My fundamental issue with the 8 Points is that it's conspicuously missing any notion of the quest for understanding -- something which, it seems to me, is so critical to the concept of a religious tradition, that it could hardly be imagined without it. Imagine an "8 Points of Progressive Physics" wherein we "recognize the faithfulness of other people who have other theories, models, and hypotheses, and acknowledge that their ways are true for them." How absurd! Of course we acknowledge that all religious concepts and models, including our own, are correct and useful to some degree (or else nobody would use them), and incorrect and misleading to some degree. But that doesn't imply that all paths and ideas are equally valid, as point 2 seems to imply; on the contrary, it suggests to me that they're all amenable to criticism, correction, and improvement -- and to improve implies an ideal.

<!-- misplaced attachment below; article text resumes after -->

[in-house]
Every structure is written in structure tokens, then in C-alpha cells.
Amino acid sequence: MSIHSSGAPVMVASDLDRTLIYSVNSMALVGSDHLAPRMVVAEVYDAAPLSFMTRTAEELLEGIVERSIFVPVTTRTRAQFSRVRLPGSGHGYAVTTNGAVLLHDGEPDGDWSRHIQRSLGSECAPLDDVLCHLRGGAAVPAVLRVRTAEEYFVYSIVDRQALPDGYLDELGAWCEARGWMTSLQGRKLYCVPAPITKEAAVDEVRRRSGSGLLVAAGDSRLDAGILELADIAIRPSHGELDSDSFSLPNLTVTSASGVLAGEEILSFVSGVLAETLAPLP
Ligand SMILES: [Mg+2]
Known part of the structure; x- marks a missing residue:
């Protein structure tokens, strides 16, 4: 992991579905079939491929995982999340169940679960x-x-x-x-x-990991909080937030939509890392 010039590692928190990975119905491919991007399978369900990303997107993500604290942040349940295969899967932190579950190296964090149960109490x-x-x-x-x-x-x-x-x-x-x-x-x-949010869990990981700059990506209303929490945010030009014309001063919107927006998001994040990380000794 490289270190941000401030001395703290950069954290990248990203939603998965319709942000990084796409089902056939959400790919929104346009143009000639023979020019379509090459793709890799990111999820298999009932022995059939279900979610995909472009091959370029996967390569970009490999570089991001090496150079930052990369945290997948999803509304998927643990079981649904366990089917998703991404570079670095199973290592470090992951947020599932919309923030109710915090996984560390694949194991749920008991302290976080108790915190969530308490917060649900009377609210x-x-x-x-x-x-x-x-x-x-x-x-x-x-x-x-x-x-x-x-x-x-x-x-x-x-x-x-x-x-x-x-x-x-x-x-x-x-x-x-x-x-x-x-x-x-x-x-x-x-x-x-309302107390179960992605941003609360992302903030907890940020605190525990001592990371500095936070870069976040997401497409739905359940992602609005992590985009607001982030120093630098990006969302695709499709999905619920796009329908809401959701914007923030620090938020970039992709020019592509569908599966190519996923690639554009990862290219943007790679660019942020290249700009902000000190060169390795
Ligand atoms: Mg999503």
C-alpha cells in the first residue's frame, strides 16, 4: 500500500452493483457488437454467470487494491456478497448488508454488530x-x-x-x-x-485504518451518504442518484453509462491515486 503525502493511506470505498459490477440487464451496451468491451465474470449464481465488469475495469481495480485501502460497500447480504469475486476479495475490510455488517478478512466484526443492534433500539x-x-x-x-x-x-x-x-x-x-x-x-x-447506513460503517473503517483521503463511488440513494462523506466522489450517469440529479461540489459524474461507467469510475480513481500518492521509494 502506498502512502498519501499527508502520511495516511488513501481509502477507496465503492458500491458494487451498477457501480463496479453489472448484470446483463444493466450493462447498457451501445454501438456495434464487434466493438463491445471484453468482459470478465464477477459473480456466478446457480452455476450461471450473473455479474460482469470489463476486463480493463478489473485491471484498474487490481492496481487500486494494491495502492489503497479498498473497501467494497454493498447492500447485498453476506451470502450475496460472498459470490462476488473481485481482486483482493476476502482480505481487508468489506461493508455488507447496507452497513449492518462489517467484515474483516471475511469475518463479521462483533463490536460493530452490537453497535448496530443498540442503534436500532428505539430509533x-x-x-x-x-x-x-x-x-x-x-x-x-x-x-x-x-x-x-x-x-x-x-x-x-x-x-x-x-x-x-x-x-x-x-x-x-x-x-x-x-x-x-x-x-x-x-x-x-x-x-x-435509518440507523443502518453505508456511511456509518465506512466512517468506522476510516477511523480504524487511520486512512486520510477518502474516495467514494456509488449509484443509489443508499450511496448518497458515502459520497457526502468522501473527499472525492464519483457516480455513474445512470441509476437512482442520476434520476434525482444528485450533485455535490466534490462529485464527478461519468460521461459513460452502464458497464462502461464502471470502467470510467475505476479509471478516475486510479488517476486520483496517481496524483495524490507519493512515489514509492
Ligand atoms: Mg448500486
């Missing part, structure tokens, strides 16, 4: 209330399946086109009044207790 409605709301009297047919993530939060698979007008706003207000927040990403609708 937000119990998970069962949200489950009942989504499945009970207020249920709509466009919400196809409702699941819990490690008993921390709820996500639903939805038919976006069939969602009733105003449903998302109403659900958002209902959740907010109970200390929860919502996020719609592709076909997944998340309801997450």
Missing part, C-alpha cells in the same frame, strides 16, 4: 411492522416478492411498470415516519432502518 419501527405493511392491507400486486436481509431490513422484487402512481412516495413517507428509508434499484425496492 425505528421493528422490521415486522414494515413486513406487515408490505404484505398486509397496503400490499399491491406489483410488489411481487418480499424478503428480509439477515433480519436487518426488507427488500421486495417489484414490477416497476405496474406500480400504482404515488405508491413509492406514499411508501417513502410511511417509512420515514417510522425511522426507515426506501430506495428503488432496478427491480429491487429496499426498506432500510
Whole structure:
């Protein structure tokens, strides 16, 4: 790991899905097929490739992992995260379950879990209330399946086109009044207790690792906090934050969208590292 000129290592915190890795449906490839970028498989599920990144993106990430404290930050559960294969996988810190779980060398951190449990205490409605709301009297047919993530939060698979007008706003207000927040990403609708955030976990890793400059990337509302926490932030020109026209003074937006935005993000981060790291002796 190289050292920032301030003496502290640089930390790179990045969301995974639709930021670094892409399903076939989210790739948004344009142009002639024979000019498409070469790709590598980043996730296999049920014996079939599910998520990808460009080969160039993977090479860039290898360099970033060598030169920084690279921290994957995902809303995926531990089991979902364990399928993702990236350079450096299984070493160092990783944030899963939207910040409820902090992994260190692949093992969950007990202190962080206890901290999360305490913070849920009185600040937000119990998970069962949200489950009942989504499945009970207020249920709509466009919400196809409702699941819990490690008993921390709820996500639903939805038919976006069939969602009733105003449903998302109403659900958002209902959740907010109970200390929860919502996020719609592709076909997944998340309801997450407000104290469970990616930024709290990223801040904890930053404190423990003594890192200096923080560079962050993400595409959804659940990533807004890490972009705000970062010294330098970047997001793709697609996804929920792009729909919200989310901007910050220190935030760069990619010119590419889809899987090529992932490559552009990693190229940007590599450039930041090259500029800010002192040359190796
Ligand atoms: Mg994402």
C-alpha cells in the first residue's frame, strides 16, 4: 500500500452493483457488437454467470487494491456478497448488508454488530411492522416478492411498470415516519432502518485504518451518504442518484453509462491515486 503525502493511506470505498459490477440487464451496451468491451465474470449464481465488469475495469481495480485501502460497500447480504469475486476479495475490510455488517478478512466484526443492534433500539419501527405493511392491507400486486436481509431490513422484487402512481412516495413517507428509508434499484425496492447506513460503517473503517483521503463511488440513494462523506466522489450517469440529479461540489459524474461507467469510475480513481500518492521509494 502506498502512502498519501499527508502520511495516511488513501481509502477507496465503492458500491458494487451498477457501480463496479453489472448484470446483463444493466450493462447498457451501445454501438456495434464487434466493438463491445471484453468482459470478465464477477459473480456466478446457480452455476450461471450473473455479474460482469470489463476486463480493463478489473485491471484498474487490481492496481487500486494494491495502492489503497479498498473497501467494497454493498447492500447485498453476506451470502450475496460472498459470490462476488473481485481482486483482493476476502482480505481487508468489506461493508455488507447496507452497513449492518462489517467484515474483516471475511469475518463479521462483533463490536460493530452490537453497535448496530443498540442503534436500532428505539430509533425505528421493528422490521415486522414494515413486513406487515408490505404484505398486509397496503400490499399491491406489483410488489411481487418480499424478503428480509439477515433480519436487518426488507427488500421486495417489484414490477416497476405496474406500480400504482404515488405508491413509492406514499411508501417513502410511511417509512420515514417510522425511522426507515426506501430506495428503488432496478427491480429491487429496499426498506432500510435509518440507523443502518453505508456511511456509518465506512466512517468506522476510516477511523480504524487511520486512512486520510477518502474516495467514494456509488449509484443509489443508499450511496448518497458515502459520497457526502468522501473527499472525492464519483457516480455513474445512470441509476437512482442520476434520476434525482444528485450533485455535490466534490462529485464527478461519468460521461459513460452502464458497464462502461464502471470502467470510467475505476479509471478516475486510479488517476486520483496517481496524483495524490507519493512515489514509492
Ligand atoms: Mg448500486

There is something of an irony in a manifesto of progress which denies by its absence any notion of a transcendent ideal of understanding to which one might, in theory, progress. Alas, the postmodern contradiction.

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Fred, I wholeheartedly agree with your astute observation of the progressive contradiction, that all ways to the divine are equally valid.

 

The most liberal "progressive Christian" scholars exemplify this contradiction to the greatest degree, I believe. The verbiage of the 8 points, along with the rhetoric of the far-left liberal wing of progressive Christianity says they believe all ways are equally valid. However, with a nod and a wink they proceed to seek to trash, deconstruct and impugn any form of evangelical Christianity that does not completely subscribe to their "metaphorical" interpretation of scripture and its claims.